VOL. 125 | NO. 42 | Wednesday, March 3, 2010
New Mural To Brighten Cooper-Young Entrance
JONATHAN DEVIN | Special to The Daily News
Carl E. Moore created these images, which will be displayed on the trestle mural.
An artistic Midtown neighborhood has designs on creating a second “landmark” gateway.
The Cooper-Young Historic District, which several years ago unveiled the permanent installation of artwork atop a trestle over Cooper Street, has launched an effort to create a second piece of railroad art, this time a mural on the expansive underpass on South McLean Boulevard near Central Avenue.
The mural would turn the gray cement underpass into a second gateway entrance into the neighborhood, something members of the Cooper-Young Community Association (CYCA) said has been a long time coming.
Neighbors Andy Ashby and Brad Gilmer serve as project managers for the mural project, which Gilmer said was born out of an effort to stop graffiti tagging in the area.
“Most graffiti experts agree that if you have public art, then the taggers won’t tag on top of it,” Gilmer said.
CYCA came up with the idea in July 2008 and began the planning process in August 2009 after approaching John Weeden, executive director of the UrbanArt Commission, which managed the Cooper Street trestle installation.
“These underpasses often become areas of urban blight,” Weeden said. “But they tend to be effective gateway emblems with neighborhood identification pieces. They give a neighborhood a distinct character – they become community landmarks.”
CYCA intends to manage the project this time, but Weeden advised the group on how to approach the city and referred several professional artists including concept artist Carl E. Moore, who was eventually selected.
“It’s really about economic development of an area,” Weeden said. “When we take the appearance of our built environment and fix it up in a good design with a vibrant color palette, then we project to the rest of the city that we want people to come into our neighborhood and do business.”
Moore, a senior graphic designer for WREG Channel 3 and a painter represented by L. Ross Gallery on Sanderlin Avenue, is a native of Canton, Miss., and a 1987 graduate of the Memphis College of Art.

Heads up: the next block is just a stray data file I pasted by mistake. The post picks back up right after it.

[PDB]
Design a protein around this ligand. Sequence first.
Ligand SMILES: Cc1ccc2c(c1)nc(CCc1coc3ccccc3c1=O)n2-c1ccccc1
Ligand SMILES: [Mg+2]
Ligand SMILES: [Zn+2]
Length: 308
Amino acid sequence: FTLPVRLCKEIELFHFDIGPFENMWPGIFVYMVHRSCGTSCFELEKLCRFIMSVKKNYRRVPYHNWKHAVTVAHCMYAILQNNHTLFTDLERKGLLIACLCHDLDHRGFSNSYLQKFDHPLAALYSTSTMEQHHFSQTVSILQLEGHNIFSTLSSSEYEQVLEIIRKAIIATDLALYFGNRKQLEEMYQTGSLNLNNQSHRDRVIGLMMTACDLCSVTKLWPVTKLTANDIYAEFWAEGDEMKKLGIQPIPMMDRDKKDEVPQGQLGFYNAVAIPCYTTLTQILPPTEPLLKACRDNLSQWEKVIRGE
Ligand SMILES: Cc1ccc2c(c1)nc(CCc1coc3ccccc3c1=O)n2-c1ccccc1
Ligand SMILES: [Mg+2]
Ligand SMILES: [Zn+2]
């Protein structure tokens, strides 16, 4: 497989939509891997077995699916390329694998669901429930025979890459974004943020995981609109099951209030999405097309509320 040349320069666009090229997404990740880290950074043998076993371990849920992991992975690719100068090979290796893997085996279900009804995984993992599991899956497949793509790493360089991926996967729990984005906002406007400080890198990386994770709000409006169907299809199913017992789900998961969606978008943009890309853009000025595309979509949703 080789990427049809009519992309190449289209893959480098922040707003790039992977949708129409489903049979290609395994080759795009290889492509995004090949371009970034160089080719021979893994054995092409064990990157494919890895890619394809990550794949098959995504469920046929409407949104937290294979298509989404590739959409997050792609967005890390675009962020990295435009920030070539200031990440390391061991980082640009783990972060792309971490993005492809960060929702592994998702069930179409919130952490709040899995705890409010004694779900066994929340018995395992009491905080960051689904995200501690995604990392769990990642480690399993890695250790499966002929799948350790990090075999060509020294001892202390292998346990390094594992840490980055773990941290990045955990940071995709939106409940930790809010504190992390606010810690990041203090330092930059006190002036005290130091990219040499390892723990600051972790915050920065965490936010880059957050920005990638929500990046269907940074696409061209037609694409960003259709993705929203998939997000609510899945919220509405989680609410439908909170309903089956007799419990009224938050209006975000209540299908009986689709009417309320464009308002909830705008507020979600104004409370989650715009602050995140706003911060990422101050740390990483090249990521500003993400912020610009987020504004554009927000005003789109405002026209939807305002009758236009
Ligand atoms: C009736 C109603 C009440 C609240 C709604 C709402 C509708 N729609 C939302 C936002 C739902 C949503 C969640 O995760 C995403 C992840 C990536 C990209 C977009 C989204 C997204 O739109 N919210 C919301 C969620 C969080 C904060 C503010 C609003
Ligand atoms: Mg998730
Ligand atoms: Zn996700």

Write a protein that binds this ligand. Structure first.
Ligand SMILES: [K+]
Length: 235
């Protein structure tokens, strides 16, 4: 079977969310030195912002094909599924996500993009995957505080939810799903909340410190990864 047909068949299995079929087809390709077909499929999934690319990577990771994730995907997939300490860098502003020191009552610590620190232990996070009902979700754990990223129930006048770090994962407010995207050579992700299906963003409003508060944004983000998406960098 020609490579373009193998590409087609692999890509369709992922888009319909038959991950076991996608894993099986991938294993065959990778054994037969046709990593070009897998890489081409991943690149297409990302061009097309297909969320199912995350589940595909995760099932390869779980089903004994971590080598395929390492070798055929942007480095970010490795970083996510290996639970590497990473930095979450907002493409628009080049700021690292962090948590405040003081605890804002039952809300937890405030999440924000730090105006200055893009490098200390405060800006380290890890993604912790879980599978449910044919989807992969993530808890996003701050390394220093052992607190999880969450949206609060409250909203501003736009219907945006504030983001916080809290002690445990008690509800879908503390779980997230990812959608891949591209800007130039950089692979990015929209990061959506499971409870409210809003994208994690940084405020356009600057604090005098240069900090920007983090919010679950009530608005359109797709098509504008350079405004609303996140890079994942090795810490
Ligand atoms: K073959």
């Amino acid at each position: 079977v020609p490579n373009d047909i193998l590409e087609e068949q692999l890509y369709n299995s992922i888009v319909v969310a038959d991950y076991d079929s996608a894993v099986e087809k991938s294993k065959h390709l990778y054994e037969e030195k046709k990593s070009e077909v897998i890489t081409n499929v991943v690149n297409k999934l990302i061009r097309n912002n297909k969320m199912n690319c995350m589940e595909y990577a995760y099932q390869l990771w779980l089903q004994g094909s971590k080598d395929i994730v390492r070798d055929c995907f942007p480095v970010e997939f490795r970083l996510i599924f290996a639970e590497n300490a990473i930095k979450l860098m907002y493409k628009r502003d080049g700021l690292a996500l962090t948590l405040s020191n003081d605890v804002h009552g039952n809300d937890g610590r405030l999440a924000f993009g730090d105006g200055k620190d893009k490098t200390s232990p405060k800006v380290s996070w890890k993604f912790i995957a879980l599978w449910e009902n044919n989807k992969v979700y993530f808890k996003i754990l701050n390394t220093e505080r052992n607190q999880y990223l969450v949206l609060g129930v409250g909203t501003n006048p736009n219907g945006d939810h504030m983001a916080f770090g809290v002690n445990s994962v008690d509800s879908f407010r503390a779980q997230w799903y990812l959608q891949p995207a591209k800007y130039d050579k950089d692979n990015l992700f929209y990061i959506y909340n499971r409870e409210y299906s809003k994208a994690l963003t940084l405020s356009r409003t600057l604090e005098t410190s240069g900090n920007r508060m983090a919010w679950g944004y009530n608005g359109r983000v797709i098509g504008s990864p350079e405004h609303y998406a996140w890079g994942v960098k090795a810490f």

“Before actually meeting, I went to the location and took a look at it,” he said. “This being my first mural, and I’m a very detailed person, I said, ‘I feel good about it.’ It’s an underpass, but unlike most there’s a very large opening that floods in quite a bit of light.”
The mural will be applied only to the walls and archways supporting the two working trestles above. The project is modeled after a similar project on a railroad underpass along Bellevue Boulevard near Soulsville.
Moore plans to start with a solid white base coat and then add individual panels representing themes such as business, food and restaurants, love of pets, music and entertainment, nature and beauty, neighborhood and community, and the performing arts.
“We really liked his concept and his art,” Gilmer said. “It will adapt well to a large public space – his colors, big lines, big spaces.”
Eventually, Gilmer said he would like to change the lamps in the underpass from yellow to white light to make it more vibrant at night.
Working out details
The project’s budget will be between $10,000 and $15,000, paid by corporate sponsorships and neighborhood fundraisers. Gilmer said the actual painting will take about a week, most likely in late August when rain is at a minimum and in time for an unveiling at the Cooper-Young Festival in mid-September.
Gilmer will meet with the city engineer’s office in early March to seek approval for the plan. He does not expect to have to go before the Memphis City Council.
The neighborhood has already gotten a preliminary nod of cooperation from Union Pacific, which owns the railroad.
Cooper-Young also has the backing of the two other neighborhoods next to McLean Boulevard – the Annesdale-Snowden Historic District to the south and the Rozelle neighborhood to the west.
Weeden said the neighborhood’s chances of being approved are strong.
“I’ve had various conversations with a number of divisions and offices since I came into this role (at UrbanArt), and the reception (from the city) is very positive. They would love to see more projects like this,” he said.
“One thing that makes this easier is that Cooper-Young projects are privately funded. When the neighbors themselves put up the money and go to the effort to find an artist and brainstorm ideas and volunteer to do the maintenance, it takes a tremendous load off the city. The city likes to see neighbors taking care of their own patch of ground.”
If the project goes well, CYCA hopes to eventually do the same for the last remaining trestle in the neighborhood at Barksdale Street and Central.